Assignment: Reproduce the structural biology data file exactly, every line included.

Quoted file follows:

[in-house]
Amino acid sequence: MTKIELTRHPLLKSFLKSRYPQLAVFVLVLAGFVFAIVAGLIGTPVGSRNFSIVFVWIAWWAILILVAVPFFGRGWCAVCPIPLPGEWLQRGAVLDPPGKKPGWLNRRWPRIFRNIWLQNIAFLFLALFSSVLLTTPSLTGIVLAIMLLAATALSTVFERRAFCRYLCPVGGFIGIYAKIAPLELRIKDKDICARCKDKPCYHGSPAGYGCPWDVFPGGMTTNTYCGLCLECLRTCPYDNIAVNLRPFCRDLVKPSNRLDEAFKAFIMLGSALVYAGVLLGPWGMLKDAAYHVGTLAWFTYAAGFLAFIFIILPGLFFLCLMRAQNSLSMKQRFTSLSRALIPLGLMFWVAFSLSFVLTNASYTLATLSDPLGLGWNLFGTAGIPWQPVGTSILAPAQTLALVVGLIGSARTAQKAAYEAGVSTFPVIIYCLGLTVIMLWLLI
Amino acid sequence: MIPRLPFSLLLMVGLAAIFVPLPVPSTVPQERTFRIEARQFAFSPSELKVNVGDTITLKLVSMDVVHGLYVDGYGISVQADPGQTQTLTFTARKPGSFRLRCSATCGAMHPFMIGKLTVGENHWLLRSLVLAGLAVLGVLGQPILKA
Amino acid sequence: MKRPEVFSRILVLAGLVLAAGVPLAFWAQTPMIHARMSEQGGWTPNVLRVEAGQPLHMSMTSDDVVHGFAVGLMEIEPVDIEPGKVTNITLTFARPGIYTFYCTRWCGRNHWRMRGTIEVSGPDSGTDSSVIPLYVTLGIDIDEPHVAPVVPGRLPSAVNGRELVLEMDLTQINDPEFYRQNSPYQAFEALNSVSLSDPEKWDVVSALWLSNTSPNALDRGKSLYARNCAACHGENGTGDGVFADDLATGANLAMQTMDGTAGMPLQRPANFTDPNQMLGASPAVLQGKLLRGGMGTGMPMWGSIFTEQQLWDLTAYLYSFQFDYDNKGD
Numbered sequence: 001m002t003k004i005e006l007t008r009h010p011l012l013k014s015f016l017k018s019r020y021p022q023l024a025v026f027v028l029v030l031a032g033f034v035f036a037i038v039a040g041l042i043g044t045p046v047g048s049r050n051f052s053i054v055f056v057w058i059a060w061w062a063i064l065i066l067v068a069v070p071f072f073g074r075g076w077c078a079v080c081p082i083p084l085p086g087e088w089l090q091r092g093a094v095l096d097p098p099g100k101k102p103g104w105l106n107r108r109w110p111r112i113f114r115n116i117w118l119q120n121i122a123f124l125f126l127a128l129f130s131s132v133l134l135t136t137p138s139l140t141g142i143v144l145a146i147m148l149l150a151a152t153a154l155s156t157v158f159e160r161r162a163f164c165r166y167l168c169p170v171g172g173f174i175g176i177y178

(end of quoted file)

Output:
[in-house]
Amino acid sequence: MTKIELTRHPLLKSFLKSRYPQLAVFVLVLAGFVFAIVAGLIGTPVGSRNFSIVFVWIAWWAILILVAVPFFGRGWCAVCPIPLPGEWLQRGAVLDPPGKKPGWLNRRWPRIFRNIWLQNIAFLFLALFSSVLLTTPSLTGIVLAIMLLAATALSTVFERRAFCRYLCPVGGFIGIYAKIAPLELRIKDKDICARCKDKPCYHGSPAGYGCPWDVFPGGMTTNTYCGLCLECLRTCPYDNIAVNLRPFCRDLVKPSNRLDEAFKAFIMLGSALVYAGVLLGPWGMLKDAAYHVGTLAWFTYAAGFLAFIFIILPGLFFLCLMRAQNSLSMKQRFTSLSRALIPLGLMFWVAFSLSFVLTNASYTLATLSDPLGLGWNLFGTAGIPWQPVGTSILAPAQTLALVVGLIGSARTAQKAAYEAGVSTFPVIIYCLGLTVIMLWLLI
Amino acid sequence: MIPRLPFSLLLMVGLAAIFVPLPVPSTVPQERTFRIEARQFAFSPSELKVNVGDTITLKLVSMDVVHGLYVDGYGISVQADPGQTQTLTFTARKPGSFRLRCSATCGAMHPFMIGKLTVGENHWLLRSLVLAGLAVLGVLGQPILKA
Amino acid sequence: MKRPEVFSRILVLAGLVLAAGVPLAFWAQTPMIHARMSEQGGWTPNVLRVEAGQPLHMSMTSDDVVHGFAVGLMEIEPVDIEPGKVTNITLTFARPGIYTFYCTRWCGRNHWRMRGTIEVSGPDSGTDSSVIPLYVTLGIDIDEPHVAPVVPGRLPSAVNGRELVLEMDLTQINDPEFYRQNSPYQAFEALNSVSLSDPEKWDVVSALWLSNTSPNALDRGKSLYARNCAACHGENGTGDGVFADDLATGANLAMQTMDGTAGMPLQRPANFTDPNQMLGASPAVLQGKLLRGGMGTGMPMWGSIFTEQQLWDLTAYLYSFQFDYDNKGD
Numbered sequence: 001m002t003k004i005e006l007t008r009h010p011l012l013k014s015f016l017k018s019r020y021p022q023l024a025v026f027v028l029v030l031a032g033f034v035f036a037i038v039a040g041l042i043g044t045p046v047g048s049r050n051f052s053i054v055f056v057w058i059a060w061w062a063i064l065i066l067v068a069v070p071f072f073g074r075g076w077c078a079v080c081p082i083p084l085p086g087e088w089l090q091r092g093a094v095l096d097p098p099g100k101k102p103g104w105l106n107r108r109w110p111r112i113f114r115n116i117w118l119q120n121i122a123f124l125f126l127a128l129f130s131s132v133l134l135t136t137p138s139l140t141g142i143v144l145a146i147m148l149l150a151a152t153a154l155s156t157v158f159e160r161r162a163f164c165r166y167l168c169p170v171g172g173f174i175g176i177y178